“We Are The Last…” Tanka 2010

(August 5, 2018)

We are The Last Ones

to build bonfires at The Beach,

to swim at ‘The Pit.’


Paint the town water tower,

to race the old clay-sand roads!


*( New Smyrna Beach, where once it was possible to take a Jeep Commando racing from 27th Street beach ramp to past Turtle Mound, collecting summertime blue crabs in number three washtubs and turn back around to go to the backside of Ponce Inlet to harvest sea grapes  and salt water for a crab boil built in the hollow face of a monster dune with salvaged boards, flotsam and jetsam and a few imported logs, and later early that morning to stop off at the borrow pit beside the State Road 46 Interstate 4 exit to wash off in the fresh water bubbling out of the ground where crews excavated the clay and sand necessary to build those overpasses along the new high-speed raceway that for a brief time meant but a half hour from downtown Sanford to downtown Orlando.  Tell me if anyone else had a 68-mile three-a.m. racecourse covering northern Seminole County from Oviedo/Slavia to Lake Sylvan and Banana Lake and beyond to the particularly devilish delights of reverse-bank county road 427 and the un-truncated banked turns of US 17-92 along Lake Monroe which were actually designed for 90-mile-per-hour speeds and in an MG-A (or B) could reach considerably higher times in a four-wheel drift way down low going wrong-way into town? Ever go Rat-Racing in some of the bendy-twisty portions of our dear town?  Purloind egg-fighting from the backs of pickup trucks halloweenishly?  Watch sheepishly caught junior boys rub piteously at their foul-lettered message to The Senior Class at school while some time later The new Senior Girls climbed The Water Tower and used less offensive language?  Something about maturity, I guess.  More like population explosion.)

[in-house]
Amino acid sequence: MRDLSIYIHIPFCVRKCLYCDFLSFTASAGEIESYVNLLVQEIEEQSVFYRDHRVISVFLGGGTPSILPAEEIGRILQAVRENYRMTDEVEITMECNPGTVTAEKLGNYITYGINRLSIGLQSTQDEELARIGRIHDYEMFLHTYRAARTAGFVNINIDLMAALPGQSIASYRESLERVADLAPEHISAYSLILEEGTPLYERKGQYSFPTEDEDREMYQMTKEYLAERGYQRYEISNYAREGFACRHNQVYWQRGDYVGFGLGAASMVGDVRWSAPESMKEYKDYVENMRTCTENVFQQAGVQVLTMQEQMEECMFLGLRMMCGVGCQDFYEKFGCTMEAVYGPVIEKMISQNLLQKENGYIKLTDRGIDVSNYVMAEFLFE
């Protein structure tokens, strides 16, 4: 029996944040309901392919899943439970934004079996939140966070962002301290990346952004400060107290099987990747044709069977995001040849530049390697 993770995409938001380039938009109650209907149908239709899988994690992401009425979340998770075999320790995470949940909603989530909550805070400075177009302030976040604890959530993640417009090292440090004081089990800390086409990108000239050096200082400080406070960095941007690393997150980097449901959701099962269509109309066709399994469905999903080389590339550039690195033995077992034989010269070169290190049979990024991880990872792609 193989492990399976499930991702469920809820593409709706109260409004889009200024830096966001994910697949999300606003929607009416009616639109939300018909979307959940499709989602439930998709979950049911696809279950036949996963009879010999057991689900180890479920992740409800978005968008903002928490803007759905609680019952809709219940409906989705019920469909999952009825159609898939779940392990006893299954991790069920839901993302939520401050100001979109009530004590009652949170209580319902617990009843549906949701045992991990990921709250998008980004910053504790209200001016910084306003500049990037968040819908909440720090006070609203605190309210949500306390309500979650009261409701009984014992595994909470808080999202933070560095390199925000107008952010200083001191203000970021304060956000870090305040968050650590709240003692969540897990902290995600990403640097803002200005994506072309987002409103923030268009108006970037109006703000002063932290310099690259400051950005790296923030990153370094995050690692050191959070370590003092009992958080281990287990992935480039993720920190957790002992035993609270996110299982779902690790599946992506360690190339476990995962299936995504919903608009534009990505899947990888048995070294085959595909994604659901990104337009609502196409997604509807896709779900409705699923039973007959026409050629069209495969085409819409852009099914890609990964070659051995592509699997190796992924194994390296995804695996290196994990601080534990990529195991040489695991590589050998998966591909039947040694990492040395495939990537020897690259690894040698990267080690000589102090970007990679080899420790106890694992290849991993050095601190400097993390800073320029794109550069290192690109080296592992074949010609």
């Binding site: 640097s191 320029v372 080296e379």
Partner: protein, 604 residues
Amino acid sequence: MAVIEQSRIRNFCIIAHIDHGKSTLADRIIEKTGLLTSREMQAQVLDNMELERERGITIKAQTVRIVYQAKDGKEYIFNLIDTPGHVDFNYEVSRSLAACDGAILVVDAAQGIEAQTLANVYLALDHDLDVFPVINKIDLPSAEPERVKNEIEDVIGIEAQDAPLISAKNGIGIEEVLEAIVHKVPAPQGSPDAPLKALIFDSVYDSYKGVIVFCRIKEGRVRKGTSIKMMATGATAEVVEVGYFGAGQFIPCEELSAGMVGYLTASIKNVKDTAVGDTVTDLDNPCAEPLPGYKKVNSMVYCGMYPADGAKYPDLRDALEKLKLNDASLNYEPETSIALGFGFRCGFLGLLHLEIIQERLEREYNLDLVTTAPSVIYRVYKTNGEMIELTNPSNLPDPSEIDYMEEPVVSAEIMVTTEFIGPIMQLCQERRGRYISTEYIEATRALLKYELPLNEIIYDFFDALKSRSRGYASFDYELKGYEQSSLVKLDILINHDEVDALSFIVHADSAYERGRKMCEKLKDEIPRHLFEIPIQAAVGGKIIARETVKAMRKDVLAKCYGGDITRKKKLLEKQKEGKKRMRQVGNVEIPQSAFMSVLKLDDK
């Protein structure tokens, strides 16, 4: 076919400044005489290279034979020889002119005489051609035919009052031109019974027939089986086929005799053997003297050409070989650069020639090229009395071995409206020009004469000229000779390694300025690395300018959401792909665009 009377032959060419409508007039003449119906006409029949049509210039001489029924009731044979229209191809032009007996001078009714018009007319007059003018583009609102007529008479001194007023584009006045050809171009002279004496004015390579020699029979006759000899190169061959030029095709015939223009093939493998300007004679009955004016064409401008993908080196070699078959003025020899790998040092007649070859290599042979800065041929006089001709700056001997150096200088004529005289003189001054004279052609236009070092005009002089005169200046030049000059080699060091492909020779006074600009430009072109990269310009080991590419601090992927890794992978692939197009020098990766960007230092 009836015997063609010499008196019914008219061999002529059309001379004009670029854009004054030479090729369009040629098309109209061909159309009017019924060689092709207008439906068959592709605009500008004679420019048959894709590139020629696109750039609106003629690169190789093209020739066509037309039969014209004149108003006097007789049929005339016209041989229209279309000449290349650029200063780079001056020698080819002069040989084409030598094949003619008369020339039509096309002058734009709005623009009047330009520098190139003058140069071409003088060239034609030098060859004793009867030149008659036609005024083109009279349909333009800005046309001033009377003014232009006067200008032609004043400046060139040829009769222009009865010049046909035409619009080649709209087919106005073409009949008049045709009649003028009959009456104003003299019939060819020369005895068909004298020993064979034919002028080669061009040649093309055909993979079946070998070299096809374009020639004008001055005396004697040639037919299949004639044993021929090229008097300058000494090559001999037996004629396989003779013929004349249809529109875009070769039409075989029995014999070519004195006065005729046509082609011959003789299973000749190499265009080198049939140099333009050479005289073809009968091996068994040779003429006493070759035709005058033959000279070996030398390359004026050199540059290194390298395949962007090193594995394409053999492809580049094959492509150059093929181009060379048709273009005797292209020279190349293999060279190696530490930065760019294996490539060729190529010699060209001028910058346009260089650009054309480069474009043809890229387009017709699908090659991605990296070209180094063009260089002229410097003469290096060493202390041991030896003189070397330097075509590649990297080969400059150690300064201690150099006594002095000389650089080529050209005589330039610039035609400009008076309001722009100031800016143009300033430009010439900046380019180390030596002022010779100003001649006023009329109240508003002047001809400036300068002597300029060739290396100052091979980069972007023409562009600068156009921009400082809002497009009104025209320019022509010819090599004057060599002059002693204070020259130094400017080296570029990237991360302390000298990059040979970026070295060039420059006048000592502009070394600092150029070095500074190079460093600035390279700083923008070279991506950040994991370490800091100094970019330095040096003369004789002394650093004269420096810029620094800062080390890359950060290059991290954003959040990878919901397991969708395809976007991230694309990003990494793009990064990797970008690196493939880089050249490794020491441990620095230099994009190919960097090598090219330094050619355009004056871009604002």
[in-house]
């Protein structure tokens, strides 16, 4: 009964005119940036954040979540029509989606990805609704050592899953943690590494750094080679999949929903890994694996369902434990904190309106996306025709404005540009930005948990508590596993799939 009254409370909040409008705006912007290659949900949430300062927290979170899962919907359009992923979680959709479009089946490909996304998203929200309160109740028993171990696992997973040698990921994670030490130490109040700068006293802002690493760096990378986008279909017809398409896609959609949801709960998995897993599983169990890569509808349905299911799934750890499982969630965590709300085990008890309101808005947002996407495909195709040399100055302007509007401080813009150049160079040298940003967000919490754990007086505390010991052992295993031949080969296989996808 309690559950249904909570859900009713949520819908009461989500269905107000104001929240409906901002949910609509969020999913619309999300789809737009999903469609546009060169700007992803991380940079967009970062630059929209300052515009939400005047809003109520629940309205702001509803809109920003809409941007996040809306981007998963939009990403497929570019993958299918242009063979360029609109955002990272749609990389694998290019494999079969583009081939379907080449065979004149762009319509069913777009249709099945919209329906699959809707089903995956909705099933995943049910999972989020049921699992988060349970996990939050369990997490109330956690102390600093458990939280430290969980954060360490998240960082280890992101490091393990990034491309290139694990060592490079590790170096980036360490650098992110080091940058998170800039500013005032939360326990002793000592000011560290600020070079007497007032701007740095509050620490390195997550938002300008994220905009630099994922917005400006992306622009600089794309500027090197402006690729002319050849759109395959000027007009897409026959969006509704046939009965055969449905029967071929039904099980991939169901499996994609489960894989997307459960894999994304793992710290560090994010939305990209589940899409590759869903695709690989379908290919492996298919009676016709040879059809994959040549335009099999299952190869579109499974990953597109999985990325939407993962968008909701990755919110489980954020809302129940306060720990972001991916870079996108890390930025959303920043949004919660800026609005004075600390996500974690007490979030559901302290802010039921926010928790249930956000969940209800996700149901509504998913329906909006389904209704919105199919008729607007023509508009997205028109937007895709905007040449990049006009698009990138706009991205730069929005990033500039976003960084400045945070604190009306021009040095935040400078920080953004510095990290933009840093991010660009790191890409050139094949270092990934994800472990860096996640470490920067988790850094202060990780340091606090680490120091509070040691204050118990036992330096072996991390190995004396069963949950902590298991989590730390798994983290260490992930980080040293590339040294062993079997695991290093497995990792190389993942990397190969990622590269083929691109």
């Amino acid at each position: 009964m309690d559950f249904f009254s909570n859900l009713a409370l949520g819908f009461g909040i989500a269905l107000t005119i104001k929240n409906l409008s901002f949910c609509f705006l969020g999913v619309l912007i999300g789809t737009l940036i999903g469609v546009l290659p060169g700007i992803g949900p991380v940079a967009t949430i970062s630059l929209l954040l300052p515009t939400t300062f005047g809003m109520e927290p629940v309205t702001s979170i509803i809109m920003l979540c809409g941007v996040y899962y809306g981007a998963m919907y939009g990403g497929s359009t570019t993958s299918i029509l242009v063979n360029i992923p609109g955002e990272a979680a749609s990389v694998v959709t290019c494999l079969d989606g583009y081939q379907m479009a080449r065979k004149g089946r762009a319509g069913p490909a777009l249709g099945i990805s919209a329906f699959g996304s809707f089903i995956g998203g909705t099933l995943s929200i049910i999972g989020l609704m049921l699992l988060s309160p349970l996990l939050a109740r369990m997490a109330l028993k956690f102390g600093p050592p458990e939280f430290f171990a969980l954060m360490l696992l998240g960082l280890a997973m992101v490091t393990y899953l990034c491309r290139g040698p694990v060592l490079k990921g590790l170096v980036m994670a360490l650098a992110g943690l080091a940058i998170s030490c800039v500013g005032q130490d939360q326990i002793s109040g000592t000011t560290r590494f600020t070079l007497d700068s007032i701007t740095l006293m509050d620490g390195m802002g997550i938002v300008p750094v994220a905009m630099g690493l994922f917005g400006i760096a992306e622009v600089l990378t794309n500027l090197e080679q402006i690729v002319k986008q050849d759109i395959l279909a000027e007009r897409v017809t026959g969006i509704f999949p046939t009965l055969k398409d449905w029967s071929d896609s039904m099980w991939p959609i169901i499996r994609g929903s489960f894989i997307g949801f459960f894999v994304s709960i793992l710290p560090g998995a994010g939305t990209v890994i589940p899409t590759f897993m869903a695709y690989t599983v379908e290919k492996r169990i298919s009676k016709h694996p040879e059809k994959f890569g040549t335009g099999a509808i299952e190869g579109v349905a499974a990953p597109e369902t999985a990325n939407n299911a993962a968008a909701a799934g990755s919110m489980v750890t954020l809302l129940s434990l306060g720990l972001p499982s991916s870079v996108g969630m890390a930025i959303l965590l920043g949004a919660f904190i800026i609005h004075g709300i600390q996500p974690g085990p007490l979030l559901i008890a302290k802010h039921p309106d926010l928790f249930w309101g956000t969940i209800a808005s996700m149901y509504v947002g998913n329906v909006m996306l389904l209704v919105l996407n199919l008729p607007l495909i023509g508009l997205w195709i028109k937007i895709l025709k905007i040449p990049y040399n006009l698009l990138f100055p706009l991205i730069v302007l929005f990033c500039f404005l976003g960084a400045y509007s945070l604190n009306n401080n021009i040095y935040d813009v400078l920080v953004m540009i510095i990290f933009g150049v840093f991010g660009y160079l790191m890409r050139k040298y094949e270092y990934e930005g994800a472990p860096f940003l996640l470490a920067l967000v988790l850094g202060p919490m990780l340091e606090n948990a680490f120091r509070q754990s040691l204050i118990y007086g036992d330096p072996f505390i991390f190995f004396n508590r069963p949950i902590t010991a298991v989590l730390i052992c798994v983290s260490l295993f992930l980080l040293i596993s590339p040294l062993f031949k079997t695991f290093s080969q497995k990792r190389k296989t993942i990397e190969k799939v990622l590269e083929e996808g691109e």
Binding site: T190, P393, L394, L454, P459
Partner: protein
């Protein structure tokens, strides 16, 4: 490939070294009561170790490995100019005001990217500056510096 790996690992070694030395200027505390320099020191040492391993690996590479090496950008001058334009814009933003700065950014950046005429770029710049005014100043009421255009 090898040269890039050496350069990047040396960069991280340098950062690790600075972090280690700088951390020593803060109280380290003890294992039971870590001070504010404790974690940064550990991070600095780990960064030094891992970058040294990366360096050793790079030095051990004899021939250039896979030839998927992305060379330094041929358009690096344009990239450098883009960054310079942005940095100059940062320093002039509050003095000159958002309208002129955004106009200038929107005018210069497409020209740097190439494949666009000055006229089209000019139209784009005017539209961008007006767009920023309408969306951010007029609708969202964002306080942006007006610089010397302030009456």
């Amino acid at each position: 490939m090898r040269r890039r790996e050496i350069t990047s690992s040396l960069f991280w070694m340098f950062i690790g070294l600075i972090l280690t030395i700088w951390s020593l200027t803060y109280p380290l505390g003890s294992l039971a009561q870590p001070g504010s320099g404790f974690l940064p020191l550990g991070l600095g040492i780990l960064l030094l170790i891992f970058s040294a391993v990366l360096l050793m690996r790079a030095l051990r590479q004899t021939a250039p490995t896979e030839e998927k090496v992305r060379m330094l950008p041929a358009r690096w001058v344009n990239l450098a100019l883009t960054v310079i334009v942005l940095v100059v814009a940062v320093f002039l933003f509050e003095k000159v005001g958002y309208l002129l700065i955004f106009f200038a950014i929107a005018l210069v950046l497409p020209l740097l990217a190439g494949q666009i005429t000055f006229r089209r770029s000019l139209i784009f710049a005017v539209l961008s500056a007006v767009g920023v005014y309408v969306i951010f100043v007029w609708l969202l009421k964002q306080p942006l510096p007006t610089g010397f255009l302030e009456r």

One thought on ““We Are The Last…” Tanka 2010

  1. Actually State Road 427 was not “reverse bank,” but crown-banked when first the road linking Ginderville at Sanford Avenue’s temporary terminus with a lesser road though still-named Avenida de Snaffurd leading to Lake Jessup and this twisty, curvy raised-crown road from the 1920s I deem leading past Victory Baptist Church (way out in “The Sticks,” which, By The Way, was a popular grab-and-grunt spot called “The Grove,” where boys with cars went to have their balls painted blue…but, back to The Road. Just before Victory Baptist en route to a rejoinder with U. S. Highways 17-92 (even today some still know not that that strip of pavement actually is two federal highways mating like flat snakes. The portion of French Avenue named for a country doctor of the last-last century oddly enough who practiced both in Seminole and Volusia counties where also there is a strip of pavement named in his honor as well is a Blue Star federal highway, whose funding came from Congress to facilitate the movement of military troops and equipment – read: bullets and bombs and those who send both downrange – which joins up with the long-emasculated “427,” whose name and number never would I remember but for this piece, there was a mysterious steep-sided sinkhole. My dad, ever a connoisseur of country roads and how to traverse them quickly, told me there were models of cars from the 20s, 30s, and possibly the 40s which failed to negotiate the “reverse-banking” afforded by the crown-center of the road, thus meaning an on-coming car going in one direction on the outside of the curve actually was riding against the banking, which is to say, centrifugal force and its opposite twin centrific would throw a great big whack into the unsuspecting – or in some cases including dad’s and mine – into the expectations of modern speed-limit exceeding, and thus Seminole County’s first Car Was was born. Supposedly at the time of dad’s telling there were autos still submerged int he murky depths.


Comments are closed.